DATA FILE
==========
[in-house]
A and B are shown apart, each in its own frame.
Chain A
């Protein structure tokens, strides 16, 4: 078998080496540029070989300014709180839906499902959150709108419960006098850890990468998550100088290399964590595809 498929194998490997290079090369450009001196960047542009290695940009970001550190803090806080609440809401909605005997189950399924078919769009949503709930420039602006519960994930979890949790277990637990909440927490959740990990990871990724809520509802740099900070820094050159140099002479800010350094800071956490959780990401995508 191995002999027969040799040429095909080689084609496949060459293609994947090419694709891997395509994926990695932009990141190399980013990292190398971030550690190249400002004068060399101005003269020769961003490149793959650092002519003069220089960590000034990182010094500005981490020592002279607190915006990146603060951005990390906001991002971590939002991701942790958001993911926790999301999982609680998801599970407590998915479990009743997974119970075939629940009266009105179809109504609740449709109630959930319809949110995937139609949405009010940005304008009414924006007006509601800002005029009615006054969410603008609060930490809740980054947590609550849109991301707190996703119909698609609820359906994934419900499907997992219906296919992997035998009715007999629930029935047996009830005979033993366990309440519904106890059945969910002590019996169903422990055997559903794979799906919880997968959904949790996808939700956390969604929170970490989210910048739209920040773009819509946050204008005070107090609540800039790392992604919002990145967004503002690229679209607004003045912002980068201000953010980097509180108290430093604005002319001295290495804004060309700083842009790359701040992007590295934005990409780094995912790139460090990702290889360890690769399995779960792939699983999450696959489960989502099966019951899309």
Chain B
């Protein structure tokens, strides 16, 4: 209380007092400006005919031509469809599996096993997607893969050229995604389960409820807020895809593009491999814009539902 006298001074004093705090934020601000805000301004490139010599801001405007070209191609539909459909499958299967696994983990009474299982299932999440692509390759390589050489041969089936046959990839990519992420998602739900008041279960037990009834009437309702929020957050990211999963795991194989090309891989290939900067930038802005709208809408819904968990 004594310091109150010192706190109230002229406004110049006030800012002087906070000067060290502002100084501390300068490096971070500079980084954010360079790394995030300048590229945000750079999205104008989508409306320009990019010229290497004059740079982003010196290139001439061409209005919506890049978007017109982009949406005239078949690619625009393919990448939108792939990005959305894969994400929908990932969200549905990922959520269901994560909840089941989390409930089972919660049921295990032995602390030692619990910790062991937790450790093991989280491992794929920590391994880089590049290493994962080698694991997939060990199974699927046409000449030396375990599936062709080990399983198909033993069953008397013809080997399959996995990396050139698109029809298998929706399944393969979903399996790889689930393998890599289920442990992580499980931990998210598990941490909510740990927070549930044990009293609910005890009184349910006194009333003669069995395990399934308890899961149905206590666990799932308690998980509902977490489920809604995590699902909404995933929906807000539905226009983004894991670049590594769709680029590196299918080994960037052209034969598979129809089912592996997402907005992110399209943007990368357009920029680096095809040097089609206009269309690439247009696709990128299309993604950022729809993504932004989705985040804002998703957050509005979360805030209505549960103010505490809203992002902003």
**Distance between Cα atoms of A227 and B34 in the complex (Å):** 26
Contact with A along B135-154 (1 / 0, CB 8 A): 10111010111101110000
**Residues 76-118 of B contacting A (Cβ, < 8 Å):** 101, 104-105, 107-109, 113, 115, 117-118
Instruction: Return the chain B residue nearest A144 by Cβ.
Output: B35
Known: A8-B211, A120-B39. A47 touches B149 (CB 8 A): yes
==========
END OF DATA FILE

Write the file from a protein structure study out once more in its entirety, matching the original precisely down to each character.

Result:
[in-house]
A and B are shown apart, each in its own frame.
Chain A
């Protein structure tokens, strides 16, 4: 078998080496540029070989300014709180839906499902959150709108419960006098850890990468998550100088290399964590595809 498929194998490997290079090369450009001196960047542009290695940009970001550190803090806080609440809401909605005997189950399924078919769009949503709930420039602006519960994930979890949790277990637990909440927490959740990990990871990724809520509802740099900070820094050159140099002479800010350094800071956490959780990401995508 191995002999027969040799040429095909080689084609496949060459293609994947090419694709891997395509994926990695932009990141190399980013990292190398971030550690190249400002004068060399101005003269020769961003490149793959650092002519003069220089960590000034990182010094500005981490020592002279607190915006990146603060951005990390906001991002971590939002991701942790958001993911926790999301999982609680998801599970407590998915479990009743997974119970075939629940009266009105179809109504609740449709109630959930319809949110995937139609949405009010940005304008009414924006007006509601800002005029009615006054969410603008609060930490809740980054947590609550849109991301707190996703119909698609609820359906994934419900499907997992219906296919992997035998009715007999629930029935047996009830005979033993366990309440519904106890059945969910002590019996169903422990055997559903794979799906919880997968959904949790996808939700956390969604929170970490989210910048739209920040773009819509946050204008005070107090609540800039790392992604919002990145967004503002690229679209607004003045912002980068201000953010980097509180108290430093604005002319001295290495804004060309700083842009790359701040992007590295934005990409780094995912790139460090990702290889360890690769399995779960792939699983999450696959489960989502099966019951899309």
Chain B
């Protein structure tokens, strides 16, 4: 209380007092400006005919031509469809599996096993997607893969050229995604389960409820807020895809593009491999814009539902 006298001074004093705090934020601000805000301004490139010599801001405007070209191609539909459909499958299967696994983990009474299982299932999440692509390759390589050489041969089936046959990839990519992420998602739900008041279960037990009834009437309702929020957050990211999963795991194989090309891989290939900067930038802005709208809408819904968990 004594310091109150010192706190109230002229406004110049006030800012002087906070000067060290502002100084501390300068490096971070500079980084954010360079790394995030300048590229945000750079999205104008989508409306320009990019010229290497004059740079982003010196290139001439061409209005919506890049978007017109982009949406005239078949690619625009393919990448939108792939990005959305894969994400929908990932969200549905990922959520269901994560909840089941989390409930089972919660049921295990032995602390030692619990910790062991937790450790093991989280491992794929920590391994880089590049290493994962080698694991997939060990199974699927046409000449030396375990599936062709080990399983198909033993069953008397013809080997399959996995990396050139698109029809298998929706399944393969979903399996790889689930393998890599289920442990992580499980931990998210598990941490909510740990927070549930044990009293609910005890009184349910006194009333003669069995395990399934308890899961149905206590666990799932308690998980509902977490489920809604995590699902909404995933929906807000539905226009983004894991670049590594769709680029590196299918080994960037052209034969598979129809089912592996997402907005992110399209943007990368357009920029680096095809040097089609206009269309690439247009696709990128299309993604950022729809993504932004989705985040804002998703957050509005979360805030209505549960103010505490809203992002902003």
**Distance between Cα atoms of A227 and B34 in the complex (Å):** 26
Contact with A along B135-154 (1 / 0, CB 8 A): 10111010111101110000
**Residues 76-118 of B contacting A (Cβ, < 8 Å):** 101, 104-105, 107-109, 113, 115, 117-118
Instruction: Return the chain B residue nearest A144 by Cβ.
Output: B35
Known: A8-B211, A120-B39. A47 touches B149 (CB 8 A): yes